Electricity certificates are an economic support scheme intended to increase the development of new renewable power in Norway and Sweden. Skagerak Kraft has traded its own electricity certificates, as well as electricity certificates from external portfolios, since Norway became part of the joint Norwegian/Swedish scheme.
The Swedish–Norwegian electricity certificate scheme started in 2012. The overall target for renewable electricity production in the joint electricity certificate market is 28.4 TWh in 2020. Norway has committed to financing 13.2 TWh, while Sweden will finance 15.2 TWh. In 2017, the Swedish government decided to extend the scheme in Sweden with a further 18.0 TWh. The overall target for new renewable energy production is now 46.4 TWh. The deadline for Norwegian players to have power plants approved for electricity certificates is 2020, while the scheme for redeeming certificates will be discontinued in 2045. The electricity certificate marked is a market-based support scheme. The way the system works is that renewable electricity producers are allocated one electricity certificate per megawatt hour (MWh) of electricity they produce for 15 years. The electricity certificate scheme is technology-neutral, meaning that all forms of renewable electricity production qualify for certificates, including hydroelectric power, wind power and bioenergy.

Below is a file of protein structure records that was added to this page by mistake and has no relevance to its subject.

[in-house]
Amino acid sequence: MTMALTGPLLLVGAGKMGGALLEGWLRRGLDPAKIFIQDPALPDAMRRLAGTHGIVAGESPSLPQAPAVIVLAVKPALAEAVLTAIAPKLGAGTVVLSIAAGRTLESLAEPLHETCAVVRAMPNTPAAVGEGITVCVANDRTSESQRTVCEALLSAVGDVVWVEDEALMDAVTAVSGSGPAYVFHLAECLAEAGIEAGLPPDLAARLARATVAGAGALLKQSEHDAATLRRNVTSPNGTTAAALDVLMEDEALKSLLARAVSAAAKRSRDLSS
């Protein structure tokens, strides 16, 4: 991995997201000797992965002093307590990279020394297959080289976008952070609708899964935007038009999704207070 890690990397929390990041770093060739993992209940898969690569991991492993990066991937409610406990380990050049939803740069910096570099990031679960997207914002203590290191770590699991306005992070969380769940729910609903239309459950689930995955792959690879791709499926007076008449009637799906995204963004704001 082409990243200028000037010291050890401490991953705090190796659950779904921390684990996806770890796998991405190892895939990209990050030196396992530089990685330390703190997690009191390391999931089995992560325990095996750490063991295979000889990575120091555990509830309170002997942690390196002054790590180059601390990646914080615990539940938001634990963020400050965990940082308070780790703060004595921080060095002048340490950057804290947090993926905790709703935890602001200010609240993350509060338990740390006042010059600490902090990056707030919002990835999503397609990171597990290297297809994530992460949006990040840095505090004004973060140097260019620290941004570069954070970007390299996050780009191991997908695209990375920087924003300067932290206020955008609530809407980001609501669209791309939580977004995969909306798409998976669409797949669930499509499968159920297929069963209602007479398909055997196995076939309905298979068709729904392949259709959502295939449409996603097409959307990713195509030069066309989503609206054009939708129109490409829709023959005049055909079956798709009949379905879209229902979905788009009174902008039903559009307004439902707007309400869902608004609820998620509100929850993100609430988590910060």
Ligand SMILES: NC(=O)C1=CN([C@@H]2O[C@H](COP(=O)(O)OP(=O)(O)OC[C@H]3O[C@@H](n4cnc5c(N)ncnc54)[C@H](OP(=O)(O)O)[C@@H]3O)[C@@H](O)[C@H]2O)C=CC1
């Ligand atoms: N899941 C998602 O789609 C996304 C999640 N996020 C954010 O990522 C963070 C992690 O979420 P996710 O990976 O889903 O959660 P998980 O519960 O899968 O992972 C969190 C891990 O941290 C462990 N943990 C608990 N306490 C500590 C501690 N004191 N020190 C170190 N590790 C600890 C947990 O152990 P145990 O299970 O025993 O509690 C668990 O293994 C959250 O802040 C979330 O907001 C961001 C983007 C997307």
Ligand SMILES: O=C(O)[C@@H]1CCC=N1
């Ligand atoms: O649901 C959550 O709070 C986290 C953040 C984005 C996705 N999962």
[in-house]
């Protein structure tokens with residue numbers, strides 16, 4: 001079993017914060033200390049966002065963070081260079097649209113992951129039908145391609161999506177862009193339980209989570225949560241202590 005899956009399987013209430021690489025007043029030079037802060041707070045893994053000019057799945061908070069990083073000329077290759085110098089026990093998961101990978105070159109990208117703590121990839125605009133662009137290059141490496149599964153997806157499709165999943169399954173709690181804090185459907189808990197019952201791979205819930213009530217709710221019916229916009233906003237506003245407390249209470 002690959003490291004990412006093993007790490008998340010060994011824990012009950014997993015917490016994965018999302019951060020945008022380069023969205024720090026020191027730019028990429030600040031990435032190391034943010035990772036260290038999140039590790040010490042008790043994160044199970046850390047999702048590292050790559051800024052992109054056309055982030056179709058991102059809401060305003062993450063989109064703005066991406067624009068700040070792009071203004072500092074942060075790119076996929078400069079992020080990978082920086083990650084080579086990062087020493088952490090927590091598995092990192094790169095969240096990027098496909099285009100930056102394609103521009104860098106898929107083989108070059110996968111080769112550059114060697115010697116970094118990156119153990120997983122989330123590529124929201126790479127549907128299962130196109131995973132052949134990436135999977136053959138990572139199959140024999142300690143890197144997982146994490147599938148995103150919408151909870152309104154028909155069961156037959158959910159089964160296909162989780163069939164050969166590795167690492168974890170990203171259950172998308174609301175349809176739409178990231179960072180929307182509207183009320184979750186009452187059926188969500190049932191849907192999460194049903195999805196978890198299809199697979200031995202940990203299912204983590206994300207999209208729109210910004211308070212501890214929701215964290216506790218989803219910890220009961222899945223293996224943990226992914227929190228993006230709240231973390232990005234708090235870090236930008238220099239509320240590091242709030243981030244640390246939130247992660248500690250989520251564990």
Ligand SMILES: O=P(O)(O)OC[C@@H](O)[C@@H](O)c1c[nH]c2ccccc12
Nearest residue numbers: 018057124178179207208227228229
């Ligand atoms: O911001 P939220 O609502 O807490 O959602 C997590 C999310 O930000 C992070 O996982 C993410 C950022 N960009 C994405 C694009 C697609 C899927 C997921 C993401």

State organisation of the electricity certificate scheme
The Norwegian Water Resources and Energy Directorate (NVE) is responsible for administering and supervising the electricity certificate scheme, including approving the plants to be awarded certificates. Statnett SF is responsible for the electronic register (NECS) in which the certificates are issued and annulled.